“At the last show that I attended, there was a company that was the liaison between companies and influencers, so that’s a huge thing right now,” she said. “We’re doing a lot of kits to go directly to influencers. They send us the product and we can package it very, very nicely with some inserts and send them directly to influencers.”
Seradarian said that one of the things Pacobond does to create an even more custom experience is designing a special insert to fit whatever products a distributor wants to include in a kit.
“That’s why they come to us,” she said.
With printed products, environmentalism is paramount for a lot of customers. Printers and suppliers like Independent Printing & Packaging and Pacobond have received more demand from distributors and end-users looking for environmentally friendly options, like recycled material or alternative inks.
“It’s not typical for us to work with synthetic substrates, so I wouldn’t say we’ve integrated new materials, but this trend has certainly kept our in-house CAD designers busy,” Konrad said. “We’ve seen countless requests for paper-based solutions to plastic packaging. We’re currently working on an all-paper, child-resistant box for the booming cannabis market.”
Seradarian said that certain products from Pacobond, like e-flute and corrugated packaging, are made with eco-friendly cardboard.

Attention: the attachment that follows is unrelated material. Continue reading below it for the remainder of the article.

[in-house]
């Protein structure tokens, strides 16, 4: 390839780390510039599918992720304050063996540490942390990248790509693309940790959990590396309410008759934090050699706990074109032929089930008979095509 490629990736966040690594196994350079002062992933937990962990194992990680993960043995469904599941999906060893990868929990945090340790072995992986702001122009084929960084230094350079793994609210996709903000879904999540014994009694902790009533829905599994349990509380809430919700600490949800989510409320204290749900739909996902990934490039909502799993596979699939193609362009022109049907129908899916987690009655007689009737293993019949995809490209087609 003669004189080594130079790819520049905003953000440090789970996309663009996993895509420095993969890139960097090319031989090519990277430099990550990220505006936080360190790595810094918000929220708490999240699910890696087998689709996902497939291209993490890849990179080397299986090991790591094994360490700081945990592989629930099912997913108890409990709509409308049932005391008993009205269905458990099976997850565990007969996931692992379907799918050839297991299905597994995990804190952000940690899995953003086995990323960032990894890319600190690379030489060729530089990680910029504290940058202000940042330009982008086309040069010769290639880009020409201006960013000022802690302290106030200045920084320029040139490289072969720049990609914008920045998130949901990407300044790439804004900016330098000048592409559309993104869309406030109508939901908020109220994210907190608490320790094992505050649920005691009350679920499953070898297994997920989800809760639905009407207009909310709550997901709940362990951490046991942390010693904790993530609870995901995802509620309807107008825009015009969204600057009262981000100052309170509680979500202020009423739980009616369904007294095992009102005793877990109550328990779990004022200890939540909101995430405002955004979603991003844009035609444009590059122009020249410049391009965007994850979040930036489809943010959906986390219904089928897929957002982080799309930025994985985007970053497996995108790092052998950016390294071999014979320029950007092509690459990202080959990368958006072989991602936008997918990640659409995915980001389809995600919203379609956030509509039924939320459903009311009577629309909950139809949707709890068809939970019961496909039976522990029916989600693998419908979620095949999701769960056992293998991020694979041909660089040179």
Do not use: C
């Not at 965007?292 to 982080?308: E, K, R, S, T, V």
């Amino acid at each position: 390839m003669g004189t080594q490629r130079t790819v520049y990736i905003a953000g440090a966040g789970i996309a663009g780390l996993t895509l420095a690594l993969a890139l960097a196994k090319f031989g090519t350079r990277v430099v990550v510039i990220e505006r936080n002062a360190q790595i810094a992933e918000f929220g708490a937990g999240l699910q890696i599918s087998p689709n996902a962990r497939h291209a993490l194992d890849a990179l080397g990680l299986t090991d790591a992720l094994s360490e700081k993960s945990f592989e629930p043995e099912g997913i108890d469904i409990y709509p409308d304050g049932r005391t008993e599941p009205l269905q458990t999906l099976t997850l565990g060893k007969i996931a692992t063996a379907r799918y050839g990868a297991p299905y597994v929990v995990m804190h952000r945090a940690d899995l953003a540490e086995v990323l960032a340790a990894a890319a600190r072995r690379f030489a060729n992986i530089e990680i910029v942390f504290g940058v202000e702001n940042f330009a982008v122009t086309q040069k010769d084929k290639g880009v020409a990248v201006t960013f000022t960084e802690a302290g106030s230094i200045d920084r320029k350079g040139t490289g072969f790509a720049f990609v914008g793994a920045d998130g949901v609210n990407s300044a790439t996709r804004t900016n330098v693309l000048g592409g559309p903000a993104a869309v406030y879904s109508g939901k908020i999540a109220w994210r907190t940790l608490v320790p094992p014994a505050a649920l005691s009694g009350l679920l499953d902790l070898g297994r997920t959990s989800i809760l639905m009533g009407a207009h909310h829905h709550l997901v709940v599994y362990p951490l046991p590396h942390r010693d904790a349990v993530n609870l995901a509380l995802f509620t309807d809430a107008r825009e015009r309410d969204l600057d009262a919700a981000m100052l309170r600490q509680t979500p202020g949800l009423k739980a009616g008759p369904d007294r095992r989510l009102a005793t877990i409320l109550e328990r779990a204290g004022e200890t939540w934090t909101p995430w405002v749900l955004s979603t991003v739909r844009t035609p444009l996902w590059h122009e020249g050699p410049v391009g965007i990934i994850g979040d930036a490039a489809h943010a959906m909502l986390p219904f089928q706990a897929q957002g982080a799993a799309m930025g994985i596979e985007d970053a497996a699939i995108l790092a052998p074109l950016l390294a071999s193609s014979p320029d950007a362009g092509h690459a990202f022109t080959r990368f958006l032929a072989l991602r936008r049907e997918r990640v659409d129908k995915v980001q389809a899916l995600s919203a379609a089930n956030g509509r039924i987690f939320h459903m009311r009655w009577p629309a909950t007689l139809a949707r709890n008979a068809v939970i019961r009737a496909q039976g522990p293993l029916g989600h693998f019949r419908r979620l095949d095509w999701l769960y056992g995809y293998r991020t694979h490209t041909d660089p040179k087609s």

“It’s 100% recycled and recyclable,” she said. “The inks we use, if the customer requires, we use soy-based inks. We offer the customer the choice of having totally eco-friendly packaging or adding embellishments like film lamination. Then, it’s not 100% recyclable. So, we work with the customer and we offer them options. We make sure that everything we do is eco-friendly and environmentally friendly.”
But what about when your options are limited?
Paper Shortage Uncertainty
Right now, printers and suppliers are dealing with a paper shortage in the U.S., and it’s meant they’ve had to change the way they do business with customers.
For Pacobond, that means informing clients that prices are only valid for two days because the market can be so volatile and prices change almost every day.
Additionally, the supply chain issues and slowdowns from China have made things even more complicated.
“Now, it’s whatever is available,” Seradarian said.
Some companies from which they source paper have started rationing supplies to their customers.
“If I need 50,000 sheets, they say, ‘No, we cannot allow 50,000. Your quota is 30,000,’” she said. “So, they’re dividing between all of the manufacturers to supply some paper to each manufacturer. A few months ago, we were in a situation where we had to refuse orders because we couldn’t find paper.”
Konrad said her company being affiliated with Midlothian, Texas-headquartered Ennis Inc. has made things easier, too.
“Being part of the larger Ennis family has certainly allowed us to weather this storm better than others,” she said. “Our purchasing, planning and estimating teams have been rock stars when it comes to finding paper in places we haven’t had to look before. We found that most customers are understanding and willing to pivot to their second or third choice [of] stock if need be.”